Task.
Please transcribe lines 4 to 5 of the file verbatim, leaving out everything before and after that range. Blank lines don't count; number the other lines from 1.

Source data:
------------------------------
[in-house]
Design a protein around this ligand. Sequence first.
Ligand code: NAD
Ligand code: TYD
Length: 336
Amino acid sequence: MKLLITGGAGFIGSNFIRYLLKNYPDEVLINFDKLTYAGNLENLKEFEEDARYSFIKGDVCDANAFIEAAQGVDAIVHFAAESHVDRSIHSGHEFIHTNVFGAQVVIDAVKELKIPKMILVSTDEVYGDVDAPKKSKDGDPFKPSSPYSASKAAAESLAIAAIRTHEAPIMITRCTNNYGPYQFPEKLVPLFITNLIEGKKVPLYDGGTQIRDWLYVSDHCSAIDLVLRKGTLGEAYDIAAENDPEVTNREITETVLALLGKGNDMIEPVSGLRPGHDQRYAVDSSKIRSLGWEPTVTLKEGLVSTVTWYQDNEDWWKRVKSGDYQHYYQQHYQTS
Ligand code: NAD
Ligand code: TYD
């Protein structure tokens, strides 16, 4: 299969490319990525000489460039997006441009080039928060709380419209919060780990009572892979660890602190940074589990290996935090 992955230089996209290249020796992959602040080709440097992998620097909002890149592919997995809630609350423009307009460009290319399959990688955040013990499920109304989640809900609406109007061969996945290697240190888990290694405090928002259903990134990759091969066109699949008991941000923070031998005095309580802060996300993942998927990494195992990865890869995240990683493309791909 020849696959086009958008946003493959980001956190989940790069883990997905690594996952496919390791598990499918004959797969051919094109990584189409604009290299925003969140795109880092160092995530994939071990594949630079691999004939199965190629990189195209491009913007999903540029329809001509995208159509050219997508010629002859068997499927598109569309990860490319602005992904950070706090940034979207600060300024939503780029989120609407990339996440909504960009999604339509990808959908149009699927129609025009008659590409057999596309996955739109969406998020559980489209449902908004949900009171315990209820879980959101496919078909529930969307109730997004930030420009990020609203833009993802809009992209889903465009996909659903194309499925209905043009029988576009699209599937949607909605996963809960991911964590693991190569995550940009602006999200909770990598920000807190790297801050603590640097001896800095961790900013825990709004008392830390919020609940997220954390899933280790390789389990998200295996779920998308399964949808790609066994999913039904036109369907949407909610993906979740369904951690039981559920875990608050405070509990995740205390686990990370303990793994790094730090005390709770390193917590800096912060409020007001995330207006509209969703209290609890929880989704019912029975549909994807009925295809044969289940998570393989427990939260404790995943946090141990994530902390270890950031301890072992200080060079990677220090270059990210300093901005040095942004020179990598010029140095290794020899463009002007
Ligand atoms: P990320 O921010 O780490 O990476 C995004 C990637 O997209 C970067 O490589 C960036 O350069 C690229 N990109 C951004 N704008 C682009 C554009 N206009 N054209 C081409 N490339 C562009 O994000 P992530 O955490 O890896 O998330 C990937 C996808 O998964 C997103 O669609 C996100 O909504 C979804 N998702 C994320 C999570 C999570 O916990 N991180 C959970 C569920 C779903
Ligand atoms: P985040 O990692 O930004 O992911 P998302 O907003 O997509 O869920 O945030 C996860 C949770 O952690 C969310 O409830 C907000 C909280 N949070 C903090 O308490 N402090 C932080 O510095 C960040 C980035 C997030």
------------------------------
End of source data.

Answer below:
Ligand code: TYD
Length: 336